There are a lot of privileges that come with being born royal—but skipping out on homework isn't one of them.
This fall, four-year-old Princess Charlotte will get her first real taste of the academic life, and the work that comes with it. She's set to join her brother Prince George at Thomas's Battersea, a tony private school in London. Six-year-old George, meanwhile, will be moving from Year 1 to Year 2, and will face an heavier workload.
According to Thomas's Battersea's website, students in years one and two study a dizzying range of subjects: Literacy, Numeracy, Science, History and Geography, RS, French, PSHCE (Personal, Social, Health, and Economic Education), Art, Computing, Music, Swimming, Ballet, PE, and Games.
And it's a big step up between the two grades. "By Year 2, the children become the Leaders of the Lower School," Helen Haslem, Head of the Lower School, writes. "This increasing independence and maturity helps them to prepare for a smooth transition to the Middle School."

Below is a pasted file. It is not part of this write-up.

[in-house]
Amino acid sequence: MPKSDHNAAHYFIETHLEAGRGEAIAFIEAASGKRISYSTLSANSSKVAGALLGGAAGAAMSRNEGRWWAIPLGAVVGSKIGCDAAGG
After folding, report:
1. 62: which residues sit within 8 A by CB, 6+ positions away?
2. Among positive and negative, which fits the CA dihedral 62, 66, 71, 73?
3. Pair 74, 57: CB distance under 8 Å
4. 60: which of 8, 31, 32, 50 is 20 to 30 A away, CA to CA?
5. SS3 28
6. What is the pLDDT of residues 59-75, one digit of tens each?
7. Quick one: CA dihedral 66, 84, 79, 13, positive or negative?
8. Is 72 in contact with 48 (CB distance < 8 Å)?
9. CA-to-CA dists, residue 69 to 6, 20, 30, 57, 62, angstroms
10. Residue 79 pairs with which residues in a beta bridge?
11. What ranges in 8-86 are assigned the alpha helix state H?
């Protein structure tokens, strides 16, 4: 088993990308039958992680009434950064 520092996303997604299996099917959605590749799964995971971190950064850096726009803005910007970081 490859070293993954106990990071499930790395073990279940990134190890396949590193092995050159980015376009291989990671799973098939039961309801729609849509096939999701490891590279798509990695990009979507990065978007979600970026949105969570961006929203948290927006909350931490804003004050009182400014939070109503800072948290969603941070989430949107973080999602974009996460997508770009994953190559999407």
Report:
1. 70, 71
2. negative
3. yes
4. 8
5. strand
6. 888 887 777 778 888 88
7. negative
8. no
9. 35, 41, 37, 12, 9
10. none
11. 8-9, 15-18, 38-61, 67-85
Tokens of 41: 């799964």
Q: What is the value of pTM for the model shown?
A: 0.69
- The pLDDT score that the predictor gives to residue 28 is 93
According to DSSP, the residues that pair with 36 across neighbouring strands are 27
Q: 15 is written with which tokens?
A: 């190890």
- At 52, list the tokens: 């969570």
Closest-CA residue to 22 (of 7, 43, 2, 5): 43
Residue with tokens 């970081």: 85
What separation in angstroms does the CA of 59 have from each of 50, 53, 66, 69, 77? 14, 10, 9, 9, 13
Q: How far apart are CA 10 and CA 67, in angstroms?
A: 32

The homework, too, is set to level up. On top of his weekly spelling list, optional online math activities, and daily reading (at least 10 minutes, per the school's policies), George will be expected to become a fluent reader, and complete reading comprehension exercises.
Charlotte will start out easier in the Reception program (that's what comes before Year 1). The curriculum is much looser, and she'll only be expected to complete some daily reading at home.
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